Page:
- February arrivals already equivalent to number in spring 2015
- Hungary achieves dramatic reduction - by putting up razor wire
European Union countries are ever-more at odds over how to deal with thousands of refugees fleeing the Middle East, Africa and Asia. Some 110,000 people have crossed the sea to Greece, Italy and Spain in the first two months of this year, after about a million made the journey in 2015. The EU’s 28 governments are as far apart as ever from a common stance on how to cope with the crisis.
Leaders meet on March 7 to seek solutions. That could include pressing Turkey to do more to stop refugees leaving in the first place, helping Greece manage arrivals, and kicking life into a moribund plan to disperse migrants in the bloc. The following charts illustrate a crisis that’s far from over:
- The number of migrants crossing the Mediterranean reached a peak in October when about 220,000 made the perilous journey, according to the UNHCR. While the level tailed off as weather conditions deteriorated, February’s total is already greater than May’s final figure when temperatures were warmer and seas were smooth, and is far larger than at the same point in 2015, before the exodus began.
- The EU agreed to “a significant, if partial, reduction of the pressure on the most affected member states” and solidarity with those on the front line of refugee arrivals by agreeing to share the burden. Five months later, as governments have dragged their feet and blamed each other, the plan has flopped, and the 160,000 relocation target remains unfulfilled.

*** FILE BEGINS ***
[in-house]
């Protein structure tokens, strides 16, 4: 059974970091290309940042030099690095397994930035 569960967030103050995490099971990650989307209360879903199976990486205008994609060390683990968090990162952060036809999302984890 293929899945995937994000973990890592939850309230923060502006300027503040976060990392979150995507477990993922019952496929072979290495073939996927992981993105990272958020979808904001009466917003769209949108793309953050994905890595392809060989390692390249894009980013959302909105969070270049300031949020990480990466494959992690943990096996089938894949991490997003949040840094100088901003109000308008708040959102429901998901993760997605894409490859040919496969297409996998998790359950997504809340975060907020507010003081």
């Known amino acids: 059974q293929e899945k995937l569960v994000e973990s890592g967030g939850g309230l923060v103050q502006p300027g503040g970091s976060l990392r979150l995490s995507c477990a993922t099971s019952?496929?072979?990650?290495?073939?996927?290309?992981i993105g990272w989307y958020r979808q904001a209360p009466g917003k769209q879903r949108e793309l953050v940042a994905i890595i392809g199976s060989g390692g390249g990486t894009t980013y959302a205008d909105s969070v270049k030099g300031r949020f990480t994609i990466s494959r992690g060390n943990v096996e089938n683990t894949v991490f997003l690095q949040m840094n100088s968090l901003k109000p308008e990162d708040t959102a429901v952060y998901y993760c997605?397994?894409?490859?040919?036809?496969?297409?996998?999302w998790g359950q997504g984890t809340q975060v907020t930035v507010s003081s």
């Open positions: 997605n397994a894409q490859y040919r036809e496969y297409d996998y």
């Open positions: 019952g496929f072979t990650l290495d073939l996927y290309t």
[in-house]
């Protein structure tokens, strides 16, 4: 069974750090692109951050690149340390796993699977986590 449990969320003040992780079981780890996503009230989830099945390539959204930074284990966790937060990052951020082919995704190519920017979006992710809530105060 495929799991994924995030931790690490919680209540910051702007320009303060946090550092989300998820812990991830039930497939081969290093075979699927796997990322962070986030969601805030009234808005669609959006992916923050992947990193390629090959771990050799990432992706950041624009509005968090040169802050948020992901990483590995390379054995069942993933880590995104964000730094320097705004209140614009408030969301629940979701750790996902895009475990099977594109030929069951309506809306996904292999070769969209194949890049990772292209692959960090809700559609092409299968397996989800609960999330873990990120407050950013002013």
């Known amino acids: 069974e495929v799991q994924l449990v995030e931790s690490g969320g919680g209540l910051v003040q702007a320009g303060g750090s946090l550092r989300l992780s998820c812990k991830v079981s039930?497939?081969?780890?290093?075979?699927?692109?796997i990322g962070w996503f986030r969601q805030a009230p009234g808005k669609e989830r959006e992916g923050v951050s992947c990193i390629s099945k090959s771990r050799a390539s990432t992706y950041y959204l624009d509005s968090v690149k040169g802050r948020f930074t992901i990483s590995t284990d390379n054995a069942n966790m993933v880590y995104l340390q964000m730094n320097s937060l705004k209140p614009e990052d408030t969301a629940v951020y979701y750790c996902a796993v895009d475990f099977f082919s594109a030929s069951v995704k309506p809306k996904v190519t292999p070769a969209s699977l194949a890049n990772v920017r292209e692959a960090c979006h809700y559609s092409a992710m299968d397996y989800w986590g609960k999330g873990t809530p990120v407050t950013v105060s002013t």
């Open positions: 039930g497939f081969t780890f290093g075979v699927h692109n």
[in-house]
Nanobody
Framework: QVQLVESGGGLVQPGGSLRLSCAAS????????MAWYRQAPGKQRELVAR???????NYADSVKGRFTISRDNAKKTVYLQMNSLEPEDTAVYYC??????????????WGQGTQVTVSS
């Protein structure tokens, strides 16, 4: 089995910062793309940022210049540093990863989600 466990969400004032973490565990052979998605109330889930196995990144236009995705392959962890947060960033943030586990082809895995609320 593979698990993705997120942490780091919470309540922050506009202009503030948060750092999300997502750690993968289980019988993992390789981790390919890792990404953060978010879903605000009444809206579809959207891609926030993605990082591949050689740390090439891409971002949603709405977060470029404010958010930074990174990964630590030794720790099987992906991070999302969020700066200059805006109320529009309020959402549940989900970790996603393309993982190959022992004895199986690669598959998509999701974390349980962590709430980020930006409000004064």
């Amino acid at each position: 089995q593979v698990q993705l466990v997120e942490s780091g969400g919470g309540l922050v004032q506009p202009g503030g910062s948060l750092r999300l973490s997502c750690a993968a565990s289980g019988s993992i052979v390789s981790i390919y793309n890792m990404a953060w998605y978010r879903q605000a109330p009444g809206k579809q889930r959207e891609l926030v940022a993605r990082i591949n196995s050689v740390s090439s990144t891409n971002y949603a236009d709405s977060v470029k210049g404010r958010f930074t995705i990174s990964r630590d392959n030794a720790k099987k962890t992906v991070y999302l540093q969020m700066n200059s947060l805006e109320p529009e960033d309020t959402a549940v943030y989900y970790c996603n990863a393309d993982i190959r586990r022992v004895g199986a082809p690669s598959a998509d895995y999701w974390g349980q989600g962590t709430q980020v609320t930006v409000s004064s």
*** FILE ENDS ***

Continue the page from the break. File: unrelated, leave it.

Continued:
- Authorities in Hungary say that at its peak in September as many as 10,000 migrants were crossing into the country. That stopped when Viktor Orban’s government decided to build a razor-wire barrier, first on the border with Serbia and then with Croatia. The results are striking. While other countries in the region continue to see the arrival of hundreds of a day -- even during colder weather -- Hungary is getting just a trickle.
- Speaking at the Munich Security Conference earlier this month, U.S. Secretary of State John Kerry emphasized that Europe’s refugee crisis wasn’t just rooted in Syria. “The flood of desperate migrants has now spread well beyond the Middle East,” he said. “Half of them now come from places other than Syria. Think about that -- Pakistan, Bangladesh, Afghanistan. So the burdens of Europe, which is already facing a complex economic, political, and social strain, is now even more intense.”